Part A: Phononic band gaps of elastic periodic structures: a homogenization theory study
Part B: A microfluidic nanoliter mixer with grooved structures driven by capillary pumping
Chien C. Chang
Professor, Institute of Applied Mechanics
, Center for Mechanics, Research Center
for Applied Sciences, Academia Sinica, Taiwan
Part A: In this talk, we examine the band structures of phononic crystals with particular emphasis on the effects of the mass density ratio and of the contrast of elastic constants. The phononic crystals consist of arrays of different media embedded in a rubber or epoxy. It is shown that the density ratio rather than the contrast of elastic constants is the dominant factor that opens up phononic band gaps. The physical background of this observation is explained by applying the theory of homogenization to investigate the group velocities of the low-frequency bands at the center of symmetry of the first Brillouin zone. The theory is first illustrated for one-dimensional layered structures, which is simple and easy to understand. The two- and three-dimensional theory establishes a more sophisticated connection between the fine periodic microstructures and the group velocities of the lowest-frequency dispersion. Interesting comparisons will be made with band gaps of photonic materials in which the composed materials have different dielectric constants.
Part B: In this talk, I will describe a nano-liter mixer fully driven by capillary force, and explain its mechanics. It is known that surface tension-capillary pumping is an effective driving force in a microchannel, however a power-free mixer that uses only surface tension has not yet been achieved. In the present study, a power-free method is explored to perform mixing in a microchannel without any external active mechanisms such as pumps, valves or external energies like electrostatic or magnetic fields. The mixer is cost effective as the channel is designed to have no sidewalls with the liquid being confined to flow between a bottom hydrophilic stripe and a top-covered hydrophobic substrate. It is found from both theoretical analysis and experiments that for a given channel width, the flow rate solely due to capillary pumping can be maximized at an optimal channel height. The flow rate is in the order of nanoliters per second, for example, the flow rate is 0.65 nL s(-1) at the optimal channel height 13 mu m, given the channel width 100 mu m. It is most crucial to this power-free mixing device that two liquid species must be well mixed before the liquids are transported to exit to a reservoir. For this purpose, asymmetric staggered grooved cavities are optimally arranged on the bottom substrate of the channel to help mixing two different liquid species. It is shown that maximum mixing occurs when the depth of the grooved structures is about two-thirds of the total channel height.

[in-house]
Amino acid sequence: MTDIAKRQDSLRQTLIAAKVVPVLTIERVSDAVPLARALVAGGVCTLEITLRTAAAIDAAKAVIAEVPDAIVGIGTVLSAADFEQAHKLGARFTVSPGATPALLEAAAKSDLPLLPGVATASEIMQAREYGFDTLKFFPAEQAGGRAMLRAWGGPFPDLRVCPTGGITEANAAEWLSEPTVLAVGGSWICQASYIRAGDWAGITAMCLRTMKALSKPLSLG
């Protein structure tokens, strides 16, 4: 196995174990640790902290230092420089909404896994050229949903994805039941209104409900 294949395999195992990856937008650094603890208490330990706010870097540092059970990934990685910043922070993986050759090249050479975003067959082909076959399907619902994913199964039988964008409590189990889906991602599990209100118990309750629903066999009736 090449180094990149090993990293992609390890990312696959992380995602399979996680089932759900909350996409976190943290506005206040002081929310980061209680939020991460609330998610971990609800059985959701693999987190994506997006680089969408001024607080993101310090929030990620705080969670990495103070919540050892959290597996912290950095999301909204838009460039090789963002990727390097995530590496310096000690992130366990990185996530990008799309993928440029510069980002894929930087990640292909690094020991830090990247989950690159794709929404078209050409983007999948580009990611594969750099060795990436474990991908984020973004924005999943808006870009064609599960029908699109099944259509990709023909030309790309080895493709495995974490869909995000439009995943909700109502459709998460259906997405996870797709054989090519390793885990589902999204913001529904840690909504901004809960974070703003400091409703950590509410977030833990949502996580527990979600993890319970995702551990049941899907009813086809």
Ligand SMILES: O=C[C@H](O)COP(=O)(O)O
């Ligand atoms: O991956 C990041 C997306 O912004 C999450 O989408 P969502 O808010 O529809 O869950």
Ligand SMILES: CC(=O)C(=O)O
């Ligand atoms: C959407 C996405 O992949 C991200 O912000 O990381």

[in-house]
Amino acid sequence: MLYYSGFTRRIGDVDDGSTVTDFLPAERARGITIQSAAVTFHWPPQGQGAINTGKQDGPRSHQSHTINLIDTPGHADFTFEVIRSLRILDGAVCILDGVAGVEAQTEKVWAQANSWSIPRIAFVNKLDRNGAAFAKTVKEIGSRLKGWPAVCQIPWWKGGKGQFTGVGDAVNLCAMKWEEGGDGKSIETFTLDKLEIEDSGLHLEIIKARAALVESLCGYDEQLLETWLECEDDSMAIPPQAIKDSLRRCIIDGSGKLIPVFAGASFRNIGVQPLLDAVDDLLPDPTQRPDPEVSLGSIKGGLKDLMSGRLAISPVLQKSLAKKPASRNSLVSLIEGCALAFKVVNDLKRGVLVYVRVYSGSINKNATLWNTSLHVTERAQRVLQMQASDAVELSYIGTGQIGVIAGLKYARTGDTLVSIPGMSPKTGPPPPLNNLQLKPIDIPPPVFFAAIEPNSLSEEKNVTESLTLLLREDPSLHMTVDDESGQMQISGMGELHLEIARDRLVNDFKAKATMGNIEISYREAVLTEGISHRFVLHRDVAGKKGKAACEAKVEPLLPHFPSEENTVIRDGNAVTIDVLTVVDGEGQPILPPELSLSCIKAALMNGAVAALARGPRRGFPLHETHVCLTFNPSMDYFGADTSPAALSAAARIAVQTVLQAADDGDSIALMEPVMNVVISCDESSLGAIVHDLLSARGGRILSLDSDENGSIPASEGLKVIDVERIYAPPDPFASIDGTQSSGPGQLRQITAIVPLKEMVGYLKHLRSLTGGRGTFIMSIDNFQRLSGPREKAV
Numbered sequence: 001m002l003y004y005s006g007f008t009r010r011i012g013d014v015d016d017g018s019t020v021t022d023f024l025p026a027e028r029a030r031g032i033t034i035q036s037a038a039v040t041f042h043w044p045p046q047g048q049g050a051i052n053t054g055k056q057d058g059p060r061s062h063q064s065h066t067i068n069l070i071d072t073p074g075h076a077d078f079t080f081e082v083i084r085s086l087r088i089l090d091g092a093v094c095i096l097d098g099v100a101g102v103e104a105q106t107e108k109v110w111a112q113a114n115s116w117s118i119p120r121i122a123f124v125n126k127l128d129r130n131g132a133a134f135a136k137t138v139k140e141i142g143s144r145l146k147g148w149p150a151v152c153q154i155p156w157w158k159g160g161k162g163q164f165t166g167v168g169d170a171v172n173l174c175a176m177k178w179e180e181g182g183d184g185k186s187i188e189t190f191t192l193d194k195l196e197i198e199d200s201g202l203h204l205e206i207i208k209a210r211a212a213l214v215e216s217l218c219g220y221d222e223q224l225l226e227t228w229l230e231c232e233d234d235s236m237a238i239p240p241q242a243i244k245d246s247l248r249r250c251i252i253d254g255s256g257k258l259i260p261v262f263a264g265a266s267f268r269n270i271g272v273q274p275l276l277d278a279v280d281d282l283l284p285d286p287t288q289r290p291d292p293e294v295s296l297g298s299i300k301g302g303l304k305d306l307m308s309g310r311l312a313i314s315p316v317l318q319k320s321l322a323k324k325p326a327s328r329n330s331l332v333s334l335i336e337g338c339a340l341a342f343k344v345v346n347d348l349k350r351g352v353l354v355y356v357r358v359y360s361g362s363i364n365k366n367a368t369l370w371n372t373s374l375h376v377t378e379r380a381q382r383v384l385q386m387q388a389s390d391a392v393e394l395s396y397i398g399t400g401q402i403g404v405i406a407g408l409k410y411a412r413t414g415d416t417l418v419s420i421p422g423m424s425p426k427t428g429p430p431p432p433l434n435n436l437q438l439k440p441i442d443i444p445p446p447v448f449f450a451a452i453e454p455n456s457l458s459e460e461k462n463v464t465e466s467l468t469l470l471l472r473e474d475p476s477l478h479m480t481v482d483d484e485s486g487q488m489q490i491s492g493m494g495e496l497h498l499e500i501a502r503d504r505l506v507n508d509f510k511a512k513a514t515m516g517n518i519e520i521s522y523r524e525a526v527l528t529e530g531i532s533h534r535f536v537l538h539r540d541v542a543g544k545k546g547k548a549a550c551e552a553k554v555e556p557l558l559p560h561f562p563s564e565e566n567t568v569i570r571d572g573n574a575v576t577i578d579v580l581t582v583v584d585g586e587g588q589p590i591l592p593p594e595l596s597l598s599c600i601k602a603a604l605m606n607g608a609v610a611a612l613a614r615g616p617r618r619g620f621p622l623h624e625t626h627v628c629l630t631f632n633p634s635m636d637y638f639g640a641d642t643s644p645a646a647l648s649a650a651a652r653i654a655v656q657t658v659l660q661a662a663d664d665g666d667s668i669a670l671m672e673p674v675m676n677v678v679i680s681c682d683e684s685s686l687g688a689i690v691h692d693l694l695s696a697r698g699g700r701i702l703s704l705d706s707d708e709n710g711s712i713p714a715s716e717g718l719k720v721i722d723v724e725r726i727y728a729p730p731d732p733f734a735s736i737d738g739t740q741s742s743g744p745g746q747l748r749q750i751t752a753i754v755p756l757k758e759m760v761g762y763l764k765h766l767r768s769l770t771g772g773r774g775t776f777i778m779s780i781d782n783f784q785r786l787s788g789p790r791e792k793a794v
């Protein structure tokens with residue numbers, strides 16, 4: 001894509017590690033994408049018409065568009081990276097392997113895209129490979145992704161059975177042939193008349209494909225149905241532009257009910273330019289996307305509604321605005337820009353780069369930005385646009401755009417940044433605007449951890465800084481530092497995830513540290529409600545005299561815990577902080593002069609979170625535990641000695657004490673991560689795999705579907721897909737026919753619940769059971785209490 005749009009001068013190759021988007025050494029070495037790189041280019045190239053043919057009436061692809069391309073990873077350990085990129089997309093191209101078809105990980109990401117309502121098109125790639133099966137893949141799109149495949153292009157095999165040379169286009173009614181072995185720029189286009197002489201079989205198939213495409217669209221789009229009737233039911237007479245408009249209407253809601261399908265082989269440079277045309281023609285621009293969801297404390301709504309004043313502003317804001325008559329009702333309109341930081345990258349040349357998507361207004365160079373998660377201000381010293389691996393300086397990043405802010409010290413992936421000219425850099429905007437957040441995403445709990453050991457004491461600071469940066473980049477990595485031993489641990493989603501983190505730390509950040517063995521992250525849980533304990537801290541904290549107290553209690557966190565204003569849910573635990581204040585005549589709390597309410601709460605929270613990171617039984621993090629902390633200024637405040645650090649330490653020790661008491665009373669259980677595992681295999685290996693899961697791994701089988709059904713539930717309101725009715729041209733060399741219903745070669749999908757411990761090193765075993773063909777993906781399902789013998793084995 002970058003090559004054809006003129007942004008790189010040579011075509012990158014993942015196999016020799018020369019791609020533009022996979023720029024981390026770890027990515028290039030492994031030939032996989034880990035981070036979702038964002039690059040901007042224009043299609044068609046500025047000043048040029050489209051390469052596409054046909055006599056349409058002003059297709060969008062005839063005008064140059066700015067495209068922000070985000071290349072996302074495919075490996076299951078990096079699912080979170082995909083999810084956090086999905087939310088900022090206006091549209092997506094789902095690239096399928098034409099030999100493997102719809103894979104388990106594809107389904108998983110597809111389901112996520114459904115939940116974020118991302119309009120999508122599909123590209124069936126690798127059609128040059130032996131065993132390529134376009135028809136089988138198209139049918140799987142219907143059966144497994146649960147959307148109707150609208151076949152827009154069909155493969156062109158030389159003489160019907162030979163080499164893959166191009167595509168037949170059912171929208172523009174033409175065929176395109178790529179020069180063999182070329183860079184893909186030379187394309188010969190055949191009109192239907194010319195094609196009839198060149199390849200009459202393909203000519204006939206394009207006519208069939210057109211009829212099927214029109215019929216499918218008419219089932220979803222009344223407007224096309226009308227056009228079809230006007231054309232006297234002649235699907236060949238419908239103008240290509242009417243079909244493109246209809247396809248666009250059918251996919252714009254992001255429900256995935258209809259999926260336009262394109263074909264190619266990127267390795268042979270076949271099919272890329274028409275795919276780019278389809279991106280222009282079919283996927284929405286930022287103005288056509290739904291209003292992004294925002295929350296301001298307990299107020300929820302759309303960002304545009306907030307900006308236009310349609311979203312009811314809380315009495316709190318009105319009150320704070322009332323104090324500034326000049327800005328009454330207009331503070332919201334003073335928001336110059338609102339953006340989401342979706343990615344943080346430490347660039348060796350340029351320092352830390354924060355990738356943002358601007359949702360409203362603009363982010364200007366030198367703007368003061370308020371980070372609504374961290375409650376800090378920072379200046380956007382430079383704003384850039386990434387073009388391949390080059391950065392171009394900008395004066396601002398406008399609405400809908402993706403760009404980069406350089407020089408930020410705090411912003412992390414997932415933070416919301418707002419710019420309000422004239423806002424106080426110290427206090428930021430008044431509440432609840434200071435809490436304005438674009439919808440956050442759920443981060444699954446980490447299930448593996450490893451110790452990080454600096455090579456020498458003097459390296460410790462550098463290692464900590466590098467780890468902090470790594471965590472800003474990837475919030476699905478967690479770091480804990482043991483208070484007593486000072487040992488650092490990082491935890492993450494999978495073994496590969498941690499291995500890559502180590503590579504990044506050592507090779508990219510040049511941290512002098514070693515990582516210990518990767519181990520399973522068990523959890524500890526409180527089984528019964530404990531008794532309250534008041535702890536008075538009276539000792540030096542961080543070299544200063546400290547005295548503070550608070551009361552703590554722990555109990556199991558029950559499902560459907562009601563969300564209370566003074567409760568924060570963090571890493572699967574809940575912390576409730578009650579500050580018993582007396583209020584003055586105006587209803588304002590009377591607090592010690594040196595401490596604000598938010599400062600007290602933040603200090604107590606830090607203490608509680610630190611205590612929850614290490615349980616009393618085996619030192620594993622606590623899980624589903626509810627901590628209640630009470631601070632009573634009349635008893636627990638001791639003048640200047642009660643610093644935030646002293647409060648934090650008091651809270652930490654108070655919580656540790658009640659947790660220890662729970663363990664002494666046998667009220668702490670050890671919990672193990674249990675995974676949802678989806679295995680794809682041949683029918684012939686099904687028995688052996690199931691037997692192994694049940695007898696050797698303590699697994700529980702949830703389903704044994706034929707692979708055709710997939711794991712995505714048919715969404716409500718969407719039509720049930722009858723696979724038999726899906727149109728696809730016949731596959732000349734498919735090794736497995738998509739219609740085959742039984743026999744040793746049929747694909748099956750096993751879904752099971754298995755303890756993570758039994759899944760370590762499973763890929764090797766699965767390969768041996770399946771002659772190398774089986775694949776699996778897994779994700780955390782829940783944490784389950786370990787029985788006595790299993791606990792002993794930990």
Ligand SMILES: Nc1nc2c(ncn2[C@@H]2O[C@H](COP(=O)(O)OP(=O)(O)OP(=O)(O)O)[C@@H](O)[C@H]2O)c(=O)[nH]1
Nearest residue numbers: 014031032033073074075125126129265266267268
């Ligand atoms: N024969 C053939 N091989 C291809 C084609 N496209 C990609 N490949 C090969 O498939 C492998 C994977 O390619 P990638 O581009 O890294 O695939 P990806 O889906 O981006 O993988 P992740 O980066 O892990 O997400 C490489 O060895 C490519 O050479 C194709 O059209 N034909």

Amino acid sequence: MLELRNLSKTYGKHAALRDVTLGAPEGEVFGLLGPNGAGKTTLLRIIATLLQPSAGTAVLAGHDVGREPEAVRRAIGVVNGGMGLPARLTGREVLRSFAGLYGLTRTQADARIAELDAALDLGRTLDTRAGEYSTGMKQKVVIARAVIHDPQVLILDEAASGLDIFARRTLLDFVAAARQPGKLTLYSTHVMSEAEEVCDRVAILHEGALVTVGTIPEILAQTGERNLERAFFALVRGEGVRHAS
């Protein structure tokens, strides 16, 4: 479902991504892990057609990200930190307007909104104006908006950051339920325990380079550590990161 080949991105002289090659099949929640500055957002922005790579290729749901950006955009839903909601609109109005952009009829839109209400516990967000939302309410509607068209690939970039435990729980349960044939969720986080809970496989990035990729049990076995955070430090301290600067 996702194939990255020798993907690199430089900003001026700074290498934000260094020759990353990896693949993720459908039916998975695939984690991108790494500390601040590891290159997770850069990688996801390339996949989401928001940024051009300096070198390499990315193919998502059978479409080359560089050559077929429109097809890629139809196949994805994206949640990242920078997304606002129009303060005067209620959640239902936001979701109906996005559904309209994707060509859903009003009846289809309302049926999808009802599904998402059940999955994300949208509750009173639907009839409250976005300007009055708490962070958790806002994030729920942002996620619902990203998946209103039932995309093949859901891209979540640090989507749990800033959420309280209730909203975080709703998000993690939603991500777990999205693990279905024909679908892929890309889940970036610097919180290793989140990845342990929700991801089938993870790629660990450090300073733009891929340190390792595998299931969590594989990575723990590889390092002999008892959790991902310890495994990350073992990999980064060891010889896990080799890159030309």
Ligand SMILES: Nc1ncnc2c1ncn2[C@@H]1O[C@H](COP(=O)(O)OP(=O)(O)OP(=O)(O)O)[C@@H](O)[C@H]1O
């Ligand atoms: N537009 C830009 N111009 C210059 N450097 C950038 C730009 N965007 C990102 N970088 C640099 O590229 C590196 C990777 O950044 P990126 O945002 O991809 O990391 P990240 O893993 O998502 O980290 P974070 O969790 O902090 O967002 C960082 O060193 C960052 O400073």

Ph.D. Mathematics, University of California, Berkeley (1985)
M.S. Applied Mechanics, National Taiwan University (1982)
B.S. Chemical Engineering, National Taiwan University (1980)
Fields of Interest: Multi-scale Mechanics; Photonics and Plasmonics, Biomedical Mechanics, Multi-body Fluid Mechanics